The Spingarn medal was awarded to Robinson for his pioneering work in integrating Major League Baseball. In addition to his baseball accomplishments, Robinson fought for racial equality in all aspects of American life. Throughout his career, Jackie Robinson chaired the NAACP’s annual Fight for Freedom campaign and toured the United States to raise funds for the organization.
In contrast, Nixon’s support of the Republican Party stung Robinson’s political career. In 1960, Robinson supported liberal Senator Hubert Humphrey (D-MN), a civil rights stalwart. However, in 1964, Robinson endorsed Republican candidate Richard Nixon, believing the former was a better choice. Robinson later regretted her decision, saying Nixon would not appear in Harlem to speak about the issues at stake in the race.
While both were great athletes and well-spoken orators, Robeson had many facets that distinguished her from her fellow activists. For example, in his travels to Europe in the 1930s, Robeson met with hostility in Nazi Germany but was welcomed as a hero in Stalin’s Soviet Union. Both spoke out against racism, but Robeson was a fierce critic of American imperialism and domestic racism.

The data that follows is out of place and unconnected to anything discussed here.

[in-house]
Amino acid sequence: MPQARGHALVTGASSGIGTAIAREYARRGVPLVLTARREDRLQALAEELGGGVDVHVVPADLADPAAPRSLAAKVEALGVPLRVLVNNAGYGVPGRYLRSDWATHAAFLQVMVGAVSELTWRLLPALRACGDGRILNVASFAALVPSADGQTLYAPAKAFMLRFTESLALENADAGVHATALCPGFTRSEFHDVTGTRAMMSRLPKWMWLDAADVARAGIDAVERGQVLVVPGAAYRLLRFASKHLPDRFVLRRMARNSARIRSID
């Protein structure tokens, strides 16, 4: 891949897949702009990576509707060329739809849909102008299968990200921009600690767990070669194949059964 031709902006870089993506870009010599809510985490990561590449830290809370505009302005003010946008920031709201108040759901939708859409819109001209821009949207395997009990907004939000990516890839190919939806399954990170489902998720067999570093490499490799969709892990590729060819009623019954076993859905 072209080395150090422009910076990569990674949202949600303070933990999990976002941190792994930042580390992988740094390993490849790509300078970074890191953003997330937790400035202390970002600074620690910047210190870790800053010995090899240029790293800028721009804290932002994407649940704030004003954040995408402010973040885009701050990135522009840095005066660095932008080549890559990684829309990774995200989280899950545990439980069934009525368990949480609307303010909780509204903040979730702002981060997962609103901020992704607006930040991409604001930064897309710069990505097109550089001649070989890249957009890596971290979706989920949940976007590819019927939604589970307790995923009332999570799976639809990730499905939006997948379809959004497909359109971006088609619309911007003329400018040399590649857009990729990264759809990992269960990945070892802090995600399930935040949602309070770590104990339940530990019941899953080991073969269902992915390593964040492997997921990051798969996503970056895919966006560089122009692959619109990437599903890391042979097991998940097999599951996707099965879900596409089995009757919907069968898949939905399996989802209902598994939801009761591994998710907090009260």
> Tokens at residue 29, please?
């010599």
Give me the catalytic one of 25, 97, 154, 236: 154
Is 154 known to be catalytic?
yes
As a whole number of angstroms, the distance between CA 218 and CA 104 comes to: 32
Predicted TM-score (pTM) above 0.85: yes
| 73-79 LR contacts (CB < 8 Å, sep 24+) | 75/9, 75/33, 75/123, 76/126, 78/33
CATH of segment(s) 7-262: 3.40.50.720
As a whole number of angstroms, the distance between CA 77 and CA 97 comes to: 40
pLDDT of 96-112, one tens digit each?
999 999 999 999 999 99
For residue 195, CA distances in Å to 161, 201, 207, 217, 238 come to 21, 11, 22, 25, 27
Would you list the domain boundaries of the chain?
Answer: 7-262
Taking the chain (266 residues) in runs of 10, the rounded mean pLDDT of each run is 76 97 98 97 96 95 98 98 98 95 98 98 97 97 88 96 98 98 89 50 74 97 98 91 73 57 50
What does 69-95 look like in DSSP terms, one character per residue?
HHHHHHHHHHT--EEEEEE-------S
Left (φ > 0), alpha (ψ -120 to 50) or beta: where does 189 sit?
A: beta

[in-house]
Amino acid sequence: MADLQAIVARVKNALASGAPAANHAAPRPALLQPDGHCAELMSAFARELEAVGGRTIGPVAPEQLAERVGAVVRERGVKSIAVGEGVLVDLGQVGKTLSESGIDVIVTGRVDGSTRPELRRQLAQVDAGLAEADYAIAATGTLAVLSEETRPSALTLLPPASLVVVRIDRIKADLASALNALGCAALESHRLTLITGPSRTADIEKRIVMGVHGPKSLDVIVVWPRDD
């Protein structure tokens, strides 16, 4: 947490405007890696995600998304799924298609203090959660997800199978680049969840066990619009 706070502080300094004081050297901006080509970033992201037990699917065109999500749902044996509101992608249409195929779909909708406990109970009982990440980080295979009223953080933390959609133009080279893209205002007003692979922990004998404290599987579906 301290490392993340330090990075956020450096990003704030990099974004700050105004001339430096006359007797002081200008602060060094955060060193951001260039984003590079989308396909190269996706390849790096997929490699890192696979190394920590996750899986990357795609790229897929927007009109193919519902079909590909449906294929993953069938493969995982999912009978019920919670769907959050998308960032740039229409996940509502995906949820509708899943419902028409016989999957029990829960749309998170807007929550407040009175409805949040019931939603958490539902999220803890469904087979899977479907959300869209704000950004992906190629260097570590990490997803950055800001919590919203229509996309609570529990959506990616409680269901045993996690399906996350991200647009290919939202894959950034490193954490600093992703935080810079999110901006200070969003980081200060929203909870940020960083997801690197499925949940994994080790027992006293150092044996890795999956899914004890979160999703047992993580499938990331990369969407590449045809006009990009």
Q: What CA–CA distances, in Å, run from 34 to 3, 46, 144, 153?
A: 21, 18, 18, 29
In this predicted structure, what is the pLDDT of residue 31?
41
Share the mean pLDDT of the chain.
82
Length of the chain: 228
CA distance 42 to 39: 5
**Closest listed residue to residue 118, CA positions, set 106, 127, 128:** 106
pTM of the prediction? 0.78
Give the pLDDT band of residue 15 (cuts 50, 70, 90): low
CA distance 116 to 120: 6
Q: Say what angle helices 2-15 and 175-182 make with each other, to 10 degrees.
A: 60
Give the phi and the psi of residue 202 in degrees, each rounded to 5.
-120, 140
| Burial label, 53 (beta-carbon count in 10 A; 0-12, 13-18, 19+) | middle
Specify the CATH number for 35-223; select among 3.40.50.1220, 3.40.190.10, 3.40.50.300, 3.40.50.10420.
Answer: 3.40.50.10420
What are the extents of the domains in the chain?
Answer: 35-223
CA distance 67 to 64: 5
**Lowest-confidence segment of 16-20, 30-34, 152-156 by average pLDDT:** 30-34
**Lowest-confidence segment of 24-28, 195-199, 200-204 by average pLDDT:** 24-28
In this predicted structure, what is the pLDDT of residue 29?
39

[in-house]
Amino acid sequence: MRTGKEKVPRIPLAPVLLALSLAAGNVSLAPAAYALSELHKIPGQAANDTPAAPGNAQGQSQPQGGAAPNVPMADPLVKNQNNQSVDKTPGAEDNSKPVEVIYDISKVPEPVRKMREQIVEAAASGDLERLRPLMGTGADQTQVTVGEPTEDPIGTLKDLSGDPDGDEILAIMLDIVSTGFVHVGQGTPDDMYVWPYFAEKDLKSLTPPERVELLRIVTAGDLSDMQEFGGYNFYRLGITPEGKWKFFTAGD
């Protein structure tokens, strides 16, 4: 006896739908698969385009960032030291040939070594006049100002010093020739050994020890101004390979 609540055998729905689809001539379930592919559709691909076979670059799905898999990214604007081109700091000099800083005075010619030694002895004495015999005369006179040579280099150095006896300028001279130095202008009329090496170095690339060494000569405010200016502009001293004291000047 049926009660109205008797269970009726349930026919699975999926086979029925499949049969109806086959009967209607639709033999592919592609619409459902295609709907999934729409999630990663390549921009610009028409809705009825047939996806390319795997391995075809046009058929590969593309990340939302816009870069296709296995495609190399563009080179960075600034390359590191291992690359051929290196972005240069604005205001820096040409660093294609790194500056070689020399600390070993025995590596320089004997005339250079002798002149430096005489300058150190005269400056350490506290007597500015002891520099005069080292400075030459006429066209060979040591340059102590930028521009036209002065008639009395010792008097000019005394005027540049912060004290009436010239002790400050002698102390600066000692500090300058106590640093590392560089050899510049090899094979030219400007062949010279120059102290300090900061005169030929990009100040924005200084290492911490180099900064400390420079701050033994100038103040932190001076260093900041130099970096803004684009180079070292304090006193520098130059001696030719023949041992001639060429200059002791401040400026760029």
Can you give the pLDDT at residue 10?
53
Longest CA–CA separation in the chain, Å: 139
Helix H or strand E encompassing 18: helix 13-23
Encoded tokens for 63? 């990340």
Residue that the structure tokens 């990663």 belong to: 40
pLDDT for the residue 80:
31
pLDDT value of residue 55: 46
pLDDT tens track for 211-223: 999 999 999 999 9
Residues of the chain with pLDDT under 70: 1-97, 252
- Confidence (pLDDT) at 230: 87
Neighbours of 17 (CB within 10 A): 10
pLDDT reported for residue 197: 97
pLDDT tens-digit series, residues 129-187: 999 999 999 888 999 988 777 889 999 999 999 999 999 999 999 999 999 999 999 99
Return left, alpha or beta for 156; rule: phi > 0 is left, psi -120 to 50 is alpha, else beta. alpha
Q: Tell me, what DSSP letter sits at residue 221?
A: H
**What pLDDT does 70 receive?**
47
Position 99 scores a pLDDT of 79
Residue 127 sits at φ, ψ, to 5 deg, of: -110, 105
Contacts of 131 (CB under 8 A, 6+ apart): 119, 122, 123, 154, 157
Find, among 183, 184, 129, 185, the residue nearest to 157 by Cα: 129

In 1947, Robinson played his first season with the Royals, where he scored 113 runs and stole 40 bases in 124 games. After being called up to the Dodgers in 1947, he broke the color barrier in Major League Baseball by becoming the team’s Rookie of the Year. Robinson led his team to the National League pennant and World Series championship, among other accolades. And in 1949, Robinson also won the Rookie of the Year award. In addition to winning the batting championship, Robinson swung the bat with a record-breaking 125 runs.
Influence of Jackie Robinson on racial attitudes
As an athlete, Robinson fought to break down barriers. He won the Spingarn Medal, the first of its kind for an athlete. He spoke out against injustice and never stopped. Although he fell out with Campanella, he never lost his voice and continued speaking for racial equality. Jackie Robinson’s influence on racial attitudes is well-documented.